β-Galactosidase assays.

Cells were grown overnight in LB medium containing appropriate antibiotic(s) and then diluted 1:100 in the same medium. Samples of 1 ml were harvested at an OD600 of ca. 0.4 and assayed for β-galactosidase essentially as described earlier (26).

Disk diffusion assay.

Cell were grown overnight in LB medium containing appropriate antibiotic(s) and then diluted 1:100 in the same medium. Then, 100 μl of cells at an OD600 of ca. 0.4 were mixed with 3 ml of LB containing 0.75% agar and poured onto plates containing 15 ml of LB agar with appropriate antibiotic(s). Next, 6-mm paper disks containing 10 μl of the indicated chemical were placed on top. Plates were incubated overnight at 37°C, and the clear zones were measured. The chemicals used included 0.4 M CHP, 0.2 M tert-butyl hydroperoxide, 1.6 M hydrogen peroxide, or 0.5 M paraquat.

Selection and characterization of mutants derepressed for ohrA-cat-lacZ.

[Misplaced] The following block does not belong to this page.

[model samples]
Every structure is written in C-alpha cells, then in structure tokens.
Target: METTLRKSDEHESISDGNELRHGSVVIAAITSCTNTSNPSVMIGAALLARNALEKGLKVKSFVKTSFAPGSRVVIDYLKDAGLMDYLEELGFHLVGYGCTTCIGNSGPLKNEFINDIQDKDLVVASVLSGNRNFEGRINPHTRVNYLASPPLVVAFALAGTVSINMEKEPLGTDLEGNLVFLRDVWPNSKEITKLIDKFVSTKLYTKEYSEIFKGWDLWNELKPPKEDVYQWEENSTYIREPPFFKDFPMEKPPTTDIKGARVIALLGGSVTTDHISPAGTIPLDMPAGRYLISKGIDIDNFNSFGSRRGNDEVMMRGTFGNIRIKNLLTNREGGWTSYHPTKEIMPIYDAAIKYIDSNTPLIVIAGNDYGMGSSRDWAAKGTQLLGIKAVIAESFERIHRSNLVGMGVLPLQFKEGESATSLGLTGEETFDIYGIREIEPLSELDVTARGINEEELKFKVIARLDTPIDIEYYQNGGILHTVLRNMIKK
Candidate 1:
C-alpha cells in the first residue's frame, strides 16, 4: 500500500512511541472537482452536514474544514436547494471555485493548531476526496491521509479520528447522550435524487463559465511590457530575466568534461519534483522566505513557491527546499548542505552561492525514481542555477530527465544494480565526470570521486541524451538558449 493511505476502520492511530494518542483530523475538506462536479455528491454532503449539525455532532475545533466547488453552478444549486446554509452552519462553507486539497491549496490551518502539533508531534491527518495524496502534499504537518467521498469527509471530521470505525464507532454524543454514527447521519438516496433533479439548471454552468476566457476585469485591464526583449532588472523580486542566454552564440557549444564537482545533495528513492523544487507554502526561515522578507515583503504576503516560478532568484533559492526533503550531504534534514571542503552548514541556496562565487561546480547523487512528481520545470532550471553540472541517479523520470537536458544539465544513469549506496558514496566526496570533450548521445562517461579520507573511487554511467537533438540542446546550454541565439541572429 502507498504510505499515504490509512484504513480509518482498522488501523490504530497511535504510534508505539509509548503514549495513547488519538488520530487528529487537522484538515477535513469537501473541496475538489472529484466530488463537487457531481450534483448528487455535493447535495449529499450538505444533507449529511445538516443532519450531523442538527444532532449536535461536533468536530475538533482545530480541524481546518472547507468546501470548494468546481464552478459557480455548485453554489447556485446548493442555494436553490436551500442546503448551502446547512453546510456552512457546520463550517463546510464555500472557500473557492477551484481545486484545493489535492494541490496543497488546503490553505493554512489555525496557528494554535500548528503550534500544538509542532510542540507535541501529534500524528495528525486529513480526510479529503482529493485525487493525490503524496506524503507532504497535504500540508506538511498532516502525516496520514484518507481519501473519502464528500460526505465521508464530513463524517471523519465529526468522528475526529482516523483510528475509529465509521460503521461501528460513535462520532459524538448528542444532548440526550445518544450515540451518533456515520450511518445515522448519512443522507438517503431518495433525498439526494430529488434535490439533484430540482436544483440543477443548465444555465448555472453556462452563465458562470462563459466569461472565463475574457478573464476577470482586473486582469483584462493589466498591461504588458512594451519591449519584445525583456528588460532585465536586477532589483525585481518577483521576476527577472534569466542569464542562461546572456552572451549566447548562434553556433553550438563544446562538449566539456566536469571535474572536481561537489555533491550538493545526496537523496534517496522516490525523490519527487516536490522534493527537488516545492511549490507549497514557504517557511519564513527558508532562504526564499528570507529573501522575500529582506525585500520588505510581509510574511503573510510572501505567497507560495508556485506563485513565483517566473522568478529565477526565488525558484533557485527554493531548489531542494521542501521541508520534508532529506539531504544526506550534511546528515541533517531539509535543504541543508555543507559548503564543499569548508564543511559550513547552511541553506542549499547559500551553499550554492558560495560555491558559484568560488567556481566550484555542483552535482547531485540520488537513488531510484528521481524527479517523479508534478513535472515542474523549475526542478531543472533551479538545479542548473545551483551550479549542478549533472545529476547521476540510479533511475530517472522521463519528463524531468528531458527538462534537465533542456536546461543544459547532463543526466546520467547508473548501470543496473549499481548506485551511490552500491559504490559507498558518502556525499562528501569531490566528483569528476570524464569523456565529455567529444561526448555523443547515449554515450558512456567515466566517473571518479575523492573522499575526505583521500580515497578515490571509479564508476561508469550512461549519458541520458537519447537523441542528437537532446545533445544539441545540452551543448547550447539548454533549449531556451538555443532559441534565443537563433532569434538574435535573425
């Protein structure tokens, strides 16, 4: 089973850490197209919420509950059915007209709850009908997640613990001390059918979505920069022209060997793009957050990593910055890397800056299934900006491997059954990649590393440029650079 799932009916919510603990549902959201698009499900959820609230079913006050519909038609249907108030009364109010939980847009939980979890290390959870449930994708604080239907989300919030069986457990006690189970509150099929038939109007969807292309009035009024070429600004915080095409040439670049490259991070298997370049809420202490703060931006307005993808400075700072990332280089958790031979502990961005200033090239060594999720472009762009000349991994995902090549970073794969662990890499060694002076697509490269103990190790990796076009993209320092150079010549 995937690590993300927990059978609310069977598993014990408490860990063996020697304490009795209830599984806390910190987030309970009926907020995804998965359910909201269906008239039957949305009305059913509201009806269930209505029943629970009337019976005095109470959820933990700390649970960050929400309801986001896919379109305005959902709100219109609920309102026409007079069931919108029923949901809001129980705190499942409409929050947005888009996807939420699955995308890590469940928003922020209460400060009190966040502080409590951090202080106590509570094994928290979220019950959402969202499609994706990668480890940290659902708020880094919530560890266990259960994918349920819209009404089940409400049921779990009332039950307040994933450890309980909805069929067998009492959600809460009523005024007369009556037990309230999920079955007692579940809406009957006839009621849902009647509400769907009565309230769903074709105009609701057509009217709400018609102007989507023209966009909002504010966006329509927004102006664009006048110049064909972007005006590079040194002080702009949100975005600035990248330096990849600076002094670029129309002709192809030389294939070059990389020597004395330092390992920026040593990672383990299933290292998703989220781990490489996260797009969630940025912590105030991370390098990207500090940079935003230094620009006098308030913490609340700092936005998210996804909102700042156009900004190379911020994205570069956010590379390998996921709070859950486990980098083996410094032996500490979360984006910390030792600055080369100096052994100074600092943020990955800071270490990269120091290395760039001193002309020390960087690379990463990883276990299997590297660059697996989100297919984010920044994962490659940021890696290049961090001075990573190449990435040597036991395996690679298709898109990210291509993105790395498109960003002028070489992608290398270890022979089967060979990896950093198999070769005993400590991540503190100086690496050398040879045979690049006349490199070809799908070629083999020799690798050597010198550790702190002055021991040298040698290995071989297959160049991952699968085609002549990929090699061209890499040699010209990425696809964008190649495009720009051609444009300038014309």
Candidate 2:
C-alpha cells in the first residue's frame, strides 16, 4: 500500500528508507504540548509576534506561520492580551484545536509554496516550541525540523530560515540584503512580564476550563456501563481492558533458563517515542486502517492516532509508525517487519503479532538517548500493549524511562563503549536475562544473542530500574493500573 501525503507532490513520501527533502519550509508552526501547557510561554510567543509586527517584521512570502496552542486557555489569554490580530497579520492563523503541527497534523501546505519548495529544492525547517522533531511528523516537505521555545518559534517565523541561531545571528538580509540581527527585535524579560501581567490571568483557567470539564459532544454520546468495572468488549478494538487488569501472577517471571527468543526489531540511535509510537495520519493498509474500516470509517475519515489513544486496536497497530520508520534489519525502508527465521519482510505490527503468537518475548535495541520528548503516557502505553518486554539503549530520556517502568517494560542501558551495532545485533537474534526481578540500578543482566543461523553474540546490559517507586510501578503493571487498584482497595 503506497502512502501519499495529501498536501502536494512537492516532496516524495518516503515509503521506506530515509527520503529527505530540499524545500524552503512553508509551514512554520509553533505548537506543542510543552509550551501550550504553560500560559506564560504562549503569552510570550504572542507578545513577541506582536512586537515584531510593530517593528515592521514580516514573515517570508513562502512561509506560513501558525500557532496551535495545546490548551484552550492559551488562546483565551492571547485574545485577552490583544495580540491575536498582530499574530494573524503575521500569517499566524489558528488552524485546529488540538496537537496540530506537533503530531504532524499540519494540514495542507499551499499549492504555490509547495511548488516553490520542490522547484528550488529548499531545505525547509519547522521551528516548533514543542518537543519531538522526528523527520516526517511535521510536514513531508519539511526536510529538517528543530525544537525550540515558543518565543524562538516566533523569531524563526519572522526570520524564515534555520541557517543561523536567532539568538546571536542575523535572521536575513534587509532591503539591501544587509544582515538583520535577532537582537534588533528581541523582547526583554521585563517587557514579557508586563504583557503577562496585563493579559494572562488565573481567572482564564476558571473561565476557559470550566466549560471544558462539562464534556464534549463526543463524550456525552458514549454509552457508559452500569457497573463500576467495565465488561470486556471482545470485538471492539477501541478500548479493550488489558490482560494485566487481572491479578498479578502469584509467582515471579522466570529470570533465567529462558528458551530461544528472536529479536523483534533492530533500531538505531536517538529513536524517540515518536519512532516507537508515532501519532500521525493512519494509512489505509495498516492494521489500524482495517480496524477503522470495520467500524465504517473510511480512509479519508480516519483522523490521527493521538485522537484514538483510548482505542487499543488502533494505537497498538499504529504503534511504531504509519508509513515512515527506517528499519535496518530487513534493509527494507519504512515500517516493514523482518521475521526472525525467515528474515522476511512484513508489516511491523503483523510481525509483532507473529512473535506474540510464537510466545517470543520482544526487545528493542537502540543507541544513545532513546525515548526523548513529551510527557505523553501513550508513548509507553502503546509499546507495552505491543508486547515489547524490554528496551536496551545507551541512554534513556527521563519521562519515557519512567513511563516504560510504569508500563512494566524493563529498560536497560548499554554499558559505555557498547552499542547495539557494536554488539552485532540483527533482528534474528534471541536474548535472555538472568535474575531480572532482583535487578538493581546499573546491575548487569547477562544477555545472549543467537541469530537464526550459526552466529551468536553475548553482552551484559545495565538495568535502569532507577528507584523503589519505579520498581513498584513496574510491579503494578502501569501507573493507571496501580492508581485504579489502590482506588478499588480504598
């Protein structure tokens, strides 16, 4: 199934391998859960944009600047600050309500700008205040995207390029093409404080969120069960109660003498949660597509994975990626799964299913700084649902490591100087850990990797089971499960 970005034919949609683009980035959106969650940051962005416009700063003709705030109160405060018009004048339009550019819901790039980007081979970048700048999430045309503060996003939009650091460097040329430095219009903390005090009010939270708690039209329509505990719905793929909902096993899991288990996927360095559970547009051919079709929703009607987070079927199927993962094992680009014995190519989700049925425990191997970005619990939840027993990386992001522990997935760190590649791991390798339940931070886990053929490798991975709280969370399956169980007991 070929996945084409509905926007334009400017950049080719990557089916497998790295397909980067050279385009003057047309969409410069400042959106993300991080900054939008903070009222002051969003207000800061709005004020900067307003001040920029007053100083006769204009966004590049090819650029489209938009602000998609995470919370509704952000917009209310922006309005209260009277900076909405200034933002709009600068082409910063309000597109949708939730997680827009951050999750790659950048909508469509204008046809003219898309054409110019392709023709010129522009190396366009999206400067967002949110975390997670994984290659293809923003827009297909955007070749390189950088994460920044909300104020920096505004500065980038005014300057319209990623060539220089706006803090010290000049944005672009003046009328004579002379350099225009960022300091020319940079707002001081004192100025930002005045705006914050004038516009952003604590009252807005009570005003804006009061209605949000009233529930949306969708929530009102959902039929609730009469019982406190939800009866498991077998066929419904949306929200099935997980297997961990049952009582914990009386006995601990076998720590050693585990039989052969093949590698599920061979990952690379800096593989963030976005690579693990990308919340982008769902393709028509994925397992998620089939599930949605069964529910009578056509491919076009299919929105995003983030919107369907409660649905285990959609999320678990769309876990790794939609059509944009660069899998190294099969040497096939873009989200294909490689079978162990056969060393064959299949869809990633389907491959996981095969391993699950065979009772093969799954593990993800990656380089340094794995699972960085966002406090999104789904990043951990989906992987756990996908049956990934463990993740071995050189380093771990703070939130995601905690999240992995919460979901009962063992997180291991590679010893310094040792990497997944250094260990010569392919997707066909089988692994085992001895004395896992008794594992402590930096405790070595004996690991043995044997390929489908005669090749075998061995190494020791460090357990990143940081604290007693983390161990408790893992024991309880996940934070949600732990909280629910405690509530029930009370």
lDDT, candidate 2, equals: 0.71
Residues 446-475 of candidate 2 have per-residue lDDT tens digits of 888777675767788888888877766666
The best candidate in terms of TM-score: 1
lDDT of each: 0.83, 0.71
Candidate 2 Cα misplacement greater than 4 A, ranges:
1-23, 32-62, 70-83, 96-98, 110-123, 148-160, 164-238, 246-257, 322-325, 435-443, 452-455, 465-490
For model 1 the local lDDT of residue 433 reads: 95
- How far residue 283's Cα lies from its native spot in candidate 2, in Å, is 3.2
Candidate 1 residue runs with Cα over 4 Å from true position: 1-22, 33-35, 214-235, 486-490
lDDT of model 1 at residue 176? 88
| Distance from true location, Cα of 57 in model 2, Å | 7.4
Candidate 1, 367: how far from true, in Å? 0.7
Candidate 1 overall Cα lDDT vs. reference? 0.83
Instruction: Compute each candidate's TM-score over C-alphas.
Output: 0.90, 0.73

Approximately 104 cells of log-phase HB2012 were plated on LB agar containing 8 μg of neomycin, 40 μg of X-Gal (5-bromo-4-chloro-3-indolyl-β-d-galactopyranoside) and between 2 and 5 μg of choramphenicol per ml. Blue colonies were recovered, and elevated expression of β-galactosidase activity was confirmed after growth in liquid medium. For each resulting strain, a transducing lysate was prepared and the SPβ ohrA*-cat-lacZ fusions were transferred to CU1065. Transductants that retained elevated β-galactosidase activity (4 of 12) were judged to contain cis-acting mutations. The ohrA promoter region was amplified from each transductant using a primer specific to the 5′ region of the cat gene (primer 366) and a primer annealing upstream of the insert (primer 535). The resulting PCR products were used directly as templates for sequencing. One strain chosen for further characterization was designated HB2031. HB2031 chromosomal DNA was transformed into the ohrR mutant HB2000 to generate HB2044.